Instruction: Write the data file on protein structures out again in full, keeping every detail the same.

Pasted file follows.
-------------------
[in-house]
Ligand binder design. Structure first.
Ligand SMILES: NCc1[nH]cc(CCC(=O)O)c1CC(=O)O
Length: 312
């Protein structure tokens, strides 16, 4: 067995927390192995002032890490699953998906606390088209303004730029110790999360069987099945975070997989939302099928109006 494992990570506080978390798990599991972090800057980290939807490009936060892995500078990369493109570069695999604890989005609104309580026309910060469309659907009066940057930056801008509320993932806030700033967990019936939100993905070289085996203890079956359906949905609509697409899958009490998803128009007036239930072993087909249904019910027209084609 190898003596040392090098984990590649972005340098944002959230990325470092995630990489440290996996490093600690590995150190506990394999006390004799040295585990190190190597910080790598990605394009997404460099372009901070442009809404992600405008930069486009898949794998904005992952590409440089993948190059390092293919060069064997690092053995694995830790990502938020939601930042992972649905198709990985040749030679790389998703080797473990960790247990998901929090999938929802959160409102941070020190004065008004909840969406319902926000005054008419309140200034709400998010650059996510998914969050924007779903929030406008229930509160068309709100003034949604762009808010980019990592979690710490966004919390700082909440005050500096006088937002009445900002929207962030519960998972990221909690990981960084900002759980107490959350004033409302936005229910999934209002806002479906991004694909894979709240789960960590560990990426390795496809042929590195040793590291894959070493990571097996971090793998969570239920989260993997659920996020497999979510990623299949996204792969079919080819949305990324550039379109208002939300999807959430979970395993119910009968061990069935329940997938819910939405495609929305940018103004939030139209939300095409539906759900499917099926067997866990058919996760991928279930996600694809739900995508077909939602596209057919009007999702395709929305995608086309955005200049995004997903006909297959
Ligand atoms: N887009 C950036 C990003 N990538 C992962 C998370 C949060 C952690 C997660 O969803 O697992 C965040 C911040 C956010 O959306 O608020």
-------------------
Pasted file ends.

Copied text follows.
[in-house]
Ligand binder design. Structure first.
Ligand SMILES: NCc1[nH]cc(CCC(=O)O)c1CC(=O)O
Length: 312
């Protein structure tokens, strides 16, 4: 067995927390192995002032890490699953998906606390088209303004730029110790999360069987099945975070997989939302099928109006 494992990570506080978390798990599991972090800057980290939807490009936060892995500078990369493109570069695999604890989005609104309580026309910060469309659907009066940057930056801008509320993932806030700033967990019936939100993905070289085996203890079956359906949905609509697409899958009490998803128009007036239930072993087909249904019910027209084609 190898003596040392090098984990590649972005340098944002959230990325470092995630990489440290996996490093600690590995150190506990394999006390004799040295585990190190190597910080790598990605394009997404460099372009901070442009809404992600405008930069486009898949794998904005992952590409440089993948190059390092293919060069064997690092053995694995830790990502938020939601930042992972649905198709990985040749030679790389998703080797473990960790247990998901929090999938929802959160409102941070020190004065008004909840969406319902926000005054008419309140200034709400998010650059996510998914969050924007779903929030406008229930509160068309709100003034949604762009808010980019990592979690710490966004919390700082909440005050500096006088937002009445900002929207962030519960998972990221909690990981960084900002759980107490959350004033409302936005229910999934209002806002479906991004694909894979709240789960960590560990990426390795496809042929590195040793590291894959070493990571097996971090793998969570239920989260993997659920996020497999979510990623299949996204792969079919080819949305990324550039379109208002939300999807959430979970395993119910009968061990069935329940997938819910939405495609929305940018103004939030139209939300095409539906759900499917099926067997866990058919996760991928279930996600694809739900995508077909939602596209057919009007999702395709929305995608086309955005200049995004997903006909297959
Ligand atoms: N887009 C950036 C990003 N990538 C992962 C998370 C949060 C952690 C997660 O969803 O697992 C965040 C911040 C956010 O959306 O608020």